Being unable to work due to a disability is difficult for many adults. When a parent is afflicted with a disability, however, any children of that individual can also experience a difficult time. Social security offers disability benefits for the children of a disabled individual which can prove vital for parents who are faced with a disability and have children. There are some very important considerations involving Social Security Disability Insurance (SSDI) and children and a talented attorney can often prove particularly helpful in these situations.
In order to be considered eligible for benefits from SSDI, a child must be the biological or adopted product of the disabled or deceased parent. In some cases, dependent stepchildren and grandchildren can also qualify for these benefits. There are two important elements in determining a child’s eligibility for SSDI:
- The Adult. The disabled adult must be entitled to receive SSDI benefits through disability or retirement. In the event that a parent has died, that parent must have paid Social Security taxes through the person’s job.
- The Child. The child must be unmarried and younger than 18 or still a full-time elementary or secondary school students in which case the child will remain eligible for SSDI benefits until age 19.
Maximum Amount Available
Unfortunately, there are limits on how much each child and family can receive in the form of SSDI benefits. An adopted or biological child of a parent receiving SSDI benefits can receive up to half of the amount of benefits received by the parents. If the parent dies, this figures increases to 75 percent. Families, however, are also subject to a maximum overall limit on SSDI benefits. Family benefits are limited to between 150 to 180 percent of the amount that the parent receives in benefits.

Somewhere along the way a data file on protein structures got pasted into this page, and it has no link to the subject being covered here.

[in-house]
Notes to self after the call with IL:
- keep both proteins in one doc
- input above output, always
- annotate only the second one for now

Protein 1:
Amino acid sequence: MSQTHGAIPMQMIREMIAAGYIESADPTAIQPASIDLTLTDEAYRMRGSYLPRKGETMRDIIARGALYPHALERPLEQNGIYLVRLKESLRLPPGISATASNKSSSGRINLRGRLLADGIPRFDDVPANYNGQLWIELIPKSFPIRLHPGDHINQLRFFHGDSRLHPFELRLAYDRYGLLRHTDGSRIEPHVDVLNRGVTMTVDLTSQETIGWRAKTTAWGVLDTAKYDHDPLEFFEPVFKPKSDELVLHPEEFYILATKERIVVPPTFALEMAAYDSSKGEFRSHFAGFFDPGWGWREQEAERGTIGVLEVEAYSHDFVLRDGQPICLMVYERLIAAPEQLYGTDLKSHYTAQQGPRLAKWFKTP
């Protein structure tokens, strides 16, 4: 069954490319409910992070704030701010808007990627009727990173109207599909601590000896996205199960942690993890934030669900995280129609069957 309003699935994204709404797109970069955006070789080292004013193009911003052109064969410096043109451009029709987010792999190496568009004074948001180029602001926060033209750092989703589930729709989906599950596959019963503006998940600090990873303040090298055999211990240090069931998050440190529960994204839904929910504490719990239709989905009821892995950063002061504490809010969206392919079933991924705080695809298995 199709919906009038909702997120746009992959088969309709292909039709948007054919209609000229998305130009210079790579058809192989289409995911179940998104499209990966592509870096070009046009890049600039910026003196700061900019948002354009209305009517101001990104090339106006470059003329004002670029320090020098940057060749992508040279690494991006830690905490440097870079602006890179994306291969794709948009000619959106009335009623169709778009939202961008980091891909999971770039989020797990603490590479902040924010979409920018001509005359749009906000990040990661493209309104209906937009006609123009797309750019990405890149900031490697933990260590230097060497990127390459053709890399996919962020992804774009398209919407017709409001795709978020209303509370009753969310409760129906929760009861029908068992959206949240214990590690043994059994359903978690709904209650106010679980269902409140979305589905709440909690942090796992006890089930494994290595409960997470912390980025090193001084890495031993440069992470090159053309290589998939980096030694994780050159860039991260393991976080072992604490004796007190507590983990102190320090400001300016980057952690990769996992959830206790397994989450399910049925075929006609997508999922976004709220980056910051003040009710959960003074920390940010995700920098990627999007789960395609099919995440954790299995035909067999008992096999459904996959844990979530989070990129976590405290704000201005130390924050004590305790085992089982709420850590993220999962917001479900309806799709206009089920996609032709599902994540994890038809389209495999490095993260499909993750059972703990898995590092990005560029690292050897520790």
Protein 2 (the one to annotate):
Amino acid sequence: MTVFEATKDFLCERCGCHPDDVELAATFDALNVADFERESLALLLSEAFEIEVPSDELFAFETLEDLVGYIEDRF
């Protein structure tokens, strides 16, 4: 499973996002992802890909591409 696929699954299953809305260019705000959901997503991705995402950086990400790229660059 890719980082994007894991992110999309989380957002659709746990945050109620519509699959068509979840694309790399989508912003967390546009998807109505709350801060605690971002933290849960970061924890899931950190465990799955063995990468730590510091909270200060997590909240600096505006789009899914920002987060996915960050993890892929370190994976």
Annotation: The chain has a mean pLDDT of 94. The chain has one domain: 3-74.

SSDI for Disabled Children
This group, which is called “adult child benefits” is another vital type of dependent benefit. These benefits apply to children who are disabled when the child turns 18 or if a young adult becomes disabled before turning 22. These benefits will continue for as long as the person is disabled. To qualify for these benefits, the young adult must meet the Social Security Administration's definition of disability. The amount that can be received as a benefit is based on the parent’s earning record. There is also a type of benefit for “adults disabled since childhood” which includes children who begin to collect disability benefits after a parent starts collecting benefits from Social Security.
The Assistance of a Talented Disability Attorney
For parents who are considering helping a child obtain SSDI benefits, the assistance of strong legal representation can help navigate this complicated process. The legal counsel at Whitcomb, Selinsky, McAuliffe, PC and its disability arm, Rocky Mountain Disability Law Group is compassionate and dedicated to helping individuals who require compensation receive SSDI benefits. Our office is conveniently located in downtown Denver and can be reached at (303) 534-1958 or by filling out our online form.